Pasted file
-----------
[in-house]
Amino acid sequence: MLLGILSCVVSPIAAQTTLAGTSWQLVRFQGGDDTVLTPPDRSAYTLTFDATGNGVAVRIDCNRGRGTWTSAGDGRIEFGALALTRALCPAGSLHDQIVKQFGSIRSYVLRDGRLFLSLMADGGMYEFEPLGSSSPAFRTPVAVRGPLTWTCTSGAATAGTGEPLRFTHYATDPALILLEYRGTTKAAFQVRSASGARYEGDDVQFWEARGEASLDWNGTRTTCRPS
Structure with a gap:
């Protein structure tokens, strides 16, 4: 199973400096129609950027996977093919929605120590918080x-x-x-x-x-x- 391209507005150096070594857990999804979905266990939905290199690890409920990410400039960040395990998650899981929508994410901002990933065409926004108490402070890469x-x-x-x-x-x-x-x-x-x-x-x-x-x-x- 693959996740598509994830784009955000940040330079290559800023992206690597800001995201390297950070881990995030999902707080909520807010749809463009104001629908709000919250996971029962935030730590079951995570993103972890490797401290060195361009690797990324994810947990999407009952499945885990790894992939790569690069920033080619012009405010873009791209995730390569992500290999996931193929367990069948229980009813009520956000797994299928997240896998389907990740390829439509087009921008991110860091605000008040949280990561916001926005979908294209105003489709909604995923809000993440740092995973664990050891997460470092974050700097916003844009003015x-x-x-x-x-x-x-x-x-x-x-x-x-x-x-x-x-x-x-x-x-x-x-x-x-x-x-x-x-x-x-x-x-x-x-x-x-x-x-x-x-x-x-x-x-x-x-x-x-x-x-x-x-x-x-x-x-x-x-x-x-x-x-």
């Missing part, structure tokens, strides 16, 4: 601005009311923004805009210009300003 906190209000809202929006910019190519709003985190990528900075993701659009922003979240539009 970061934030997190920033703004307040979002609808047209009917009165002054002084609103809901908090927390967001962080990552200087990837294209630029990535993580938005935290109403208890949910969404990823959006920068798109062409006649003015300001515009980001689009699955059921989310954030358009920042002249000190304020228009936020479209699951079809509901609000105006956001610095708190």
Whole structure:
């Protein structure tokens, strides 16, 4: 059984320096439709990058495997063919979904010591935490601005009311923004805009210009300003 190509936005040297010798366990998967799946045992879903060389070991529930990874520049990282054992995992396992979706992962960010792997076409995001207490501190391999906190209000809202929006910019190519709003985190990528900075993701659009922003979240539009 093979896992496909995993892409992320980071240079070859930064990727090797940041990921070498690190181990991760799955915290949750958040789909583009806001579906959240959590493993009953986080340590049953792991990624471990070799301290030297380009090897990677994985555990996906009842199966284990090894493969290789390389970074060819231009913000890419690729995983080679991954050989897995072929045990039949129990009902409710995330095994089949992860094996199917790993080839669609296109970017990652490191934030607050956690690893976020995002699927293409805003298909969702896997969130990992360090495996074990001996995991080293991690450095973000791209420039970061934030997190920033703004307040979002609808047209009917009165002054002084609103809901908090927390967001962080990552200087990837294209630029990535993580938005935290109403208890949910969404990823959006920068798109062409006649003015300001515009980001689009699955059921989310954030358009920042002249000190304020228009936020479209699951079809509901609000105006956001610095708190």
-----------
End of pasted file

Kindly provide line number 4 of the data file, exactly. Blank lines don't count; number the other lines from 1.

């Protein structure tokens, strides 16, 4: 199973400096129609950027996977093919929605120590918080x-x-x-x-x-x- 391209507005150096070594857990999804979905266990939905290199690890409920990410400039960040395990998650899981929508994410901002990933065409926004108490402070890469x-x-x-x-x-x-x-x-x-x-x-x-x-x-x- 693959996740598509994830784009955000940040330079290559800023992206690597800001995201390297950070881990995030999902707080909520807010749809463009104001629908709000919250996971029962935030730590079951995570993103972890490797401290060195361009690797990324994810947990999407009952499945885990790894992939790569690069920033080619012009405010873009791209995730390569992500290999996931193929367990069948229980009813009520956000797994299928997240896998389907990740390829439509087009921008991110860091605000008040949280990561916001926005979908294209105003489709909604995923809000993440740092995973664990050891997460470092974050700097916003844009003015x-x-x-x-x-x-x-x-x-x-x-x-x-x-x-x-x-x-x-x-x-x-x-x-x-x-x-x-x-x-x-x-x-x-x-x-x-x-x-x-x-x-x-x-x-x-x-x-x-x-x-x-x-x-x-x-x-x-x-x-x-x-x-």